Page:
North Carolina Newspapers

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"Listen to our Clarion Watchword—We are Lifting As We Climb”
Commission Samuel E. Leonard
on the occasion of the
Dedication of Three New Buildings
at the
State Training School for Girls
Dobbs Farm, Kinston, N. C.
This School had its beginning prior to
1925 when the North Carolina Industrial
School for Negro Girls, Efland, North
Carolina, was founded. For many years
devoted and consecrated women were ac
tive in propagandizing the need for such a
School. Money was not so plentiful as it
is today, particularly among our Negro
folk, yet somehow, with the leadership of
the North Carolina Federation of Negro
Women’s Clubs, this group managed to
raise funds sufficient to purchase 150 acres
of land in Orange County, near Efland,
construct a wooden building that would
house 20 girls and staff, drill a well, ob
tain pigs, chickens, and a cow and have a
going concern in 1925. It was a private
School but it was never intended by those
women who had labored so hard that it
should continue to be so. It was their idea
that if the School were actually in opera
tion and were offered to the State that the
State would take it over and make it a
State Institution. In order to be able to
offer the property to the State, these wom
en arranged to lift the mortgage of
$2,000.00 and assume this debt by notes.
It was all in vain, however, for as the
Legislature met every two years, the ever
renewing request was made only to find
that the subsidizing to the extent of
$2,000.00 a year was all that was ever
done. I do not have the date of the closing
of the little School and I wonder what has
become of the few records, but the good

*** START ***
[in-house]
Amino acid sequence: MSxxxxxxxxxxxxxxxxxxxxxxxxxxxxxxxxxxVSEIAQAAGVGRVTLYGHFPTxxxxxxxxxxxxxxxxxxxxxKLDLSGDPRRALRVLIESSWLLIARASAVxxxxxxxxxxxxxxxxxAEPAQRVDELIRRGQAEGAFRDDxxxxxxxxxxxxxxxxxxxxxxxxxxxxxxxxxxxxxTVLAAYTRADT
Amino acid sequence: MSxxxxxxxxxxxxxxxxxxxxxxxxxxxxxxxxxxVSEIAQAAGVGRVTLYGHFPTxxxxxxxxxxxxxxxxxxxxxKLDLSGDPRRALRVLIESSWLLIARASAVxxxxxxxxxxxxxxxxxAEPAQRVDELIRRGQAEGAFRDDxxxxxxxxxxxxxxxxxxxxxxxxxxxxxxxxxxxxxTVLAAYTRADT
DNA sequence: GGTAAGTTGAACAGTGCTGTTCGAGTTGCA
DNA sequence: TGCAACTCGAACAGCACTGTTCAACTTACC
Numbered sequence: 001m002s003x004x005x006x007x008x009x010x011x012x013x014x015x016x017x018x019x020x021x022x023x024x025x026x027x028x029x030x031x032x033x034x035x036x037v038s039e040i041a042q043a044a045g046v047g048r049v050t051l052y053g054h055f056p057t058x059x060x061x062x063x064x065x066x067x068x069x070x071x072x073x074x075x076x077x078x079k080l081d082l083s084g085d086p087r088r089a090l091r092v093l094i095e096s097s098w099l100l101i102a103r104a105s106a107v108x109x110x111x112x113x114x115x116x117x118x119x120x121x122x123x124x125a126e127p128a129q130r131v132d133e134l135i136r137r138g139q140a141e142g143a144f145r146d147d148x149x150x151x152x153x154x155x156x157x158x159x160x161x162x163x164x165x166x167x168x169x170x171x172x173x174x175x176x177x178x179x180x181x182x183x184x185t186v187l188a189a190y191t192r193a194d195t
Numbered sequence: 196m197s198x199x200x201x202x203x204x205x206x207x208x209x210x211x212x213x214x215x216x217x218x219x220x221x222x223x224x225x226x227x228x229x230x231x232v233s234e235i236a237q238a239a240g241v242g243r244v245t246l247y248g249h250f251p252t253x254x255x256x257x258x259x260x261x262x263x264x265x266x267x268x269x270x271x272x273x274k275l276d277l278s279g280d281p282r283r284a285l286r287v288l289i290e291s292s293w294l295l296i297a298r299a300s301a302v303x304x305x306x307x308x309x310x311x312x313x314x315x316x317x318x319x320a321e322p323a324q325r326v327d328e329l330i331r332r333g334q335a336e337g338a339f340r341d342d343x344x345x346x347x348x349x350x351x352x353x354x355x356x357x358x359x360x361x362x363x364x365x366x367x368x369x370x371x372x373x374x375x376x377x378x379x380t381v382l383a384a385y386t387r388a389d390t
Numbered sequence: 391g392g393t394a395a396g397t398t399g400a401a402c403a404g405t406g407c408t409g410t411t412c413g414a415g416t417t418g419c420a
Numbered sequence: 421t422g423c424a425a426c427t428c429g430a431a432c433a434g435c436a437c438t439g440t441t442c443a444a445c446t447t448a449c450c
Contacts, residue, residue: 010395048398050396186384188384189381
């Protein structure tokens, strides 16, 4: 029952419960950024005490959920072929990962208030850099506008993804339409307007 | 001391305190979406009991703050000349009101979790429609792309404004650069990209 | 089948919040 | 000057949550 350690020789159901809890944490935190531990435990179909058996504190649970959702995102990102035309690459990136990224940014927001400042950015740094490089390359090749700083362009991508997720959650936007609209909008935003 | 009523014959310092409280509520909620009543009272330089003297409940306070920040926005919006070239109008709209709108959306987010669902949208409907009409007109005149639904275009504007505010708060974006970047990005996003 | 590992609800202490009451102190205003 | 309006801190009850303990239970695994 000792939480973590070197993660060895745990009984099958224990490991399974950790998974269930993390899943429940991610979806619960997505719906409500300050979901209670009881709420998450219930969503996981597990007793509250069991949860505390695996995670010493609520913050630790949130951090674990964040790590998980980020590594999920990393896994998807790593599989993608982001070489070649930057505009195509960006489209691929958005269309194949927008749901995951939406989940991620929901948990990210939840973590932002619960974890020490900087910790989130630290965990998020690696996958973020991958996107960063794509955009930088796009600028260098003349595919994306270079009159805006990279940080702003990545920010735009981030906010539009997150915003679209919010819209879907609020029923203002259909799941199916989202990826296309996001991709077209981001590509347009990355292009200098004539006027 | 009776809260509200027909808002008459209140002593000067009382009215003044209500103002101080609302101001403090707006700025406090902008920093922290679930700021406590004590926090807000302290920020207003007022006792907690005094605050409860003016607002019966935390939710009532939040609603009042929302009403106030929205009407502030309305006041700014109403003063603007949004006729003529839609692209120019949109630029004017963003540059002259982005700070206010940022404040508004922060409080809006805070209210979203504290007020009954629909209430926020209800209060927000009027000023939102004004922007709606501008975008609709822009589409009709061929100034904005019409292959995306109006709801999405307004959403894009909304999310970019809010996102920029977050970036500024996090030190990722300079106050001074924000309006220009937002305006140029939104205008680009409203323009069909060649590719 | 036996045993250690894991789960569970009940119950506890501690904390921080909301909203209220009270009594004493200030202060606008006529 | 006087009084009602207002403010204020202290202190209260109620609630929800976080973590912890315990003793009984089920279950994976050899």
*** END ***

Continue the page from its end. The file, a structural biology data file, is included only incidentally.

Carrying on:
women found it not feasible to continue
so the efforts became history. Incidentally,
the land with the decaying building is
still owned by the Federation but no re
turns are being realized from it.
In the 1943 Legislature a bill was inti-o-
duced which became Chap. 381, Public
Laws 1943, and which was entitled “An
act providing for the establishment of an
Institution for the care of Delinquent
Negro Girls.” The bill passed both houses
and was ratified March 2, 1943. Thus the
efforts begun in the early “twenties” be
came a reality. The sum of $25,000 was
the initial appropriation named in the bill
but as will be shown later, additions to
Continued on Page Nine
The Business and Professional Women’s
Club of Salisbury held its Annual Bazaar
Thursday evening, December 3, at the
home of Mrs. John Nicholson. Many beau
tiful, useful and artistic articles were dis
played for sale, and the proceeds are used
toward the State Scholarship Fund. Some
of the articles were corsages made from
nylon hose material, fancy aprons, cro
cheted glass holders, pot holders, hand-
painted kitchen curtains, ear rings, hand
kerchiefs, lamp shades, embroidered
luncheon sets, fancy pillow slips, artistic
dish towels as well as home-made candy,
date sticks, cookies and pound cake.
This Club follows not only the activi
ties that comport with its name, but each
member has an interesting hobby; and
some members have enough different ar
ticles they have made to open a hobby
shop, showing weaving, jewelry making,
leather craft, basketry, tatting and knit
The Business and Professional Women’s
Club counts among its members women
who are outstanding in a variety of worth
while activities. Of the twelve members,